Infectious Disease Prevention Technologies Make List of Top Innovations

The members of the American Chemical Society (ACS) have compiled a list of what they believe to be the top innovations of the year and the ones that hold the most promise for addressing scientific imperatives. Several technologies on the list have important implications for the prevention and control of infectious diseases. They are:

-- Needle-free, inhalant powder measles vaccine

Scientists are reporting development of the first dry powder inhalable vaccine for measles. The vaccine is moving toward clinical trials next year in India, where the disease still sickens millions of infants and children and kills almost 200,000 annually, according to a report presented at the 238th ACS National Meeting. Robert Sievers, PhD, who leads the team that developed the dry-powder vaccine, said it’s a perfect fit for use in back-roads areas of developing countries. Those areas often lack the electricity for refrigeration, clean water and sterile needles needed to administer traditional liquid vaccines.

-- First broad-spectrum antimicrobial paint to kill superbugs

Scientists in South Dakota are reporting development of the first broad-spectrum antimicrobial paint, a material that can simultaneously kill not just disease-causing bacteria but mold, fungi and viruses. Designed to both decorate and disinfect homes, businesses, and healthcare settings, the paint is the most powerful to date, according to the new study. It appeared in the monthly ACS' Applied Materials & Interfaces. The paint shows special promise for fighting so-called “superbugs,” antibiotic-resistant microbes that infect hospital surfaces and cause an estimated 88,000 deaths annually in the United States, the researchers say.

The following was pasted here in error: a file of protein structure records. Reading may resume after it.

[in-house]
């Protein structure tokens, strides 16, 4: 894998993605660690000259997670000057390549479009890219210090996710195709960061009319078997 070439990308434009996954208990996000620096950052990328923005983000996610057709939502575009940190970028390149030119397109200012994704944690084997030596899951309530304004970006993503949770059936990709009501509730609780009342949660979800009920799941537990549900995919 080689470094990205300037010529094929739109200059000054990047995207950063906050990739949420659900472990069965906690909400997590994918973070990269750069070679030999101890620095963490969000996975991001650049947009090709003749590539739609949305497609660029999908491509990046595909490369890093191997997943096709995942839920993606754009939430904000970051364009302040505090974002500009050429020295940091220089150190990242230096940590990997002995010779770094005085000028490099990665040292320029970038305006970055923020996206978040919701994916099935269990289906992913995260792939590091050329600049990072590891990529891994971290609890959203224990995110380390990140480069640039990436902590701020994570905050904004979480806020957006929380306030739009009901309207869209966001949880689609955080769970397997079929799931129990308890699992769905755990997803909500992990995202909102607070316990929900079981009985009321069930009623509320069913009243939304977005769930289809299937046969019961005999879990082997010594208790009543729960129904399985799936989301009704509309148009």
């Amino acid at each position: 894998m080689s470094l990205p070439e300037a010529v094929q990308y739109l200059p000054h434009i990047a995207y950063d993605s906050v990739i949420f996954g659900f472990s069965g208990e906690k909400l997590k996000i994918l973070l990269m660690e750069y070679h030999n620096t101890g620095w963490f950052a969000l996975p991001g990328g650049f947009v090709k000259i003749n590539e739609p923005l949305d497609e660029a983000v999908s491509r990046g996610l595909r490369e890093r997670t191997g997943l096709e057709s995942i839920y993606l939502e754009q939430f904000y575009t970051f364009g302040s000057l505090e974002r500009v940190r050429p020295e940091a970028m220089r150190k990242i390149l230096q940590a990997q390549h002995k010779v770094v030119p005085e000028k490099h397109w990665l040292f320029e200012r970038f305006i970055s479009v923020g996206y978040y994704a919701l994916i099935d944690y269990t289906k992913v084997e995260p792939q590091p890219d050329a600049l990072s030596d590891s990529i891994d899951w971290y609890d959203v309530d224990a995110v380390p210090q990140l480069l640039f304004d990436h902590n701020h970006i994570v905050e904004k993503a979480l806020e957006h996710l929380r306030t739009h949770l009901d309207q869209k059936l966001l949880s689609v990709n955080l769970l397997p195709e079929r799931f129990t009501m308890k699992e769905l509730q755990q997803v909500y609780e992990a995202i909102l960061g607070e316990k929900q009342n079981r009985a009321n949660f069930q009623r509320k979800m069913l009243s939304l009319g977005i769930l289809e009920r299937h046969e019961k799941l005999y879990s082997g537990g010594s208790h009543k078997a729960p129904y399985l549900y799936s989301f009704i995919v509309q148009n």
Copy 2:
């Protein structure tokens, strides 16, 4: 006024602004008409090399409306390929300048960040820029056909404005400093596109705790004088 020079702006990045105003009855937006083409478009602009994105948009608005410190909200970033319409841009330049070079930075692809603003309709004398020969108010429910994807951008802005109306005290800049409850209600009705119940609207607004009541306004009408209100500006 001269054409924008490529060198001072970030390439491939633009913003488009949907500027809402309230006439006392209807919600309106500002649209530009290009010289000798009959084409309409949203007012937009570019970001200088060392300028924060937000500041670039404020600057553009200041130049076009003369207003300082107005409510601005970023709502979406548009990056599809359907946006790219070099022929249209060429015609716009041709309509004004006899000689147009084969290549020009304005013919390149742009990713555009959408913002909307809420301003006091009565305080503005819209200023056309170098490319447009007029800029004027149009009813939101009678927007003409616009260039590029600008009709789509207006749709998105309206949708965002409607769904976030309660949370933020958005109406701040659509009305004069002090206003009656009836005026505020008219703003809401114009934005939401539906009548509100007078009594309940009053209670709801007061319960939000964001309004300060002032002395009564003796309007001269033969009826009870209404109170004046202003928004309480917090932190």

-- Tobacco plants yield the first vaccine for the “cruise ship virus”

Scientists have used a new vaccine production technology to develop a vaccine for norovirus, a cause of diarrhea and vomiting that may be the second most common viral infection in the United States after the flu. Sometimes called the “cruise ship virus,” this microbe can spread like wildfire through passenger liners, schools, offices and military bases. The new vaccine is unique in its origin — it was “manufactured” in a tobacco plant using an engineered plant virus. The research was presented at the 238th ACS National Meeting.

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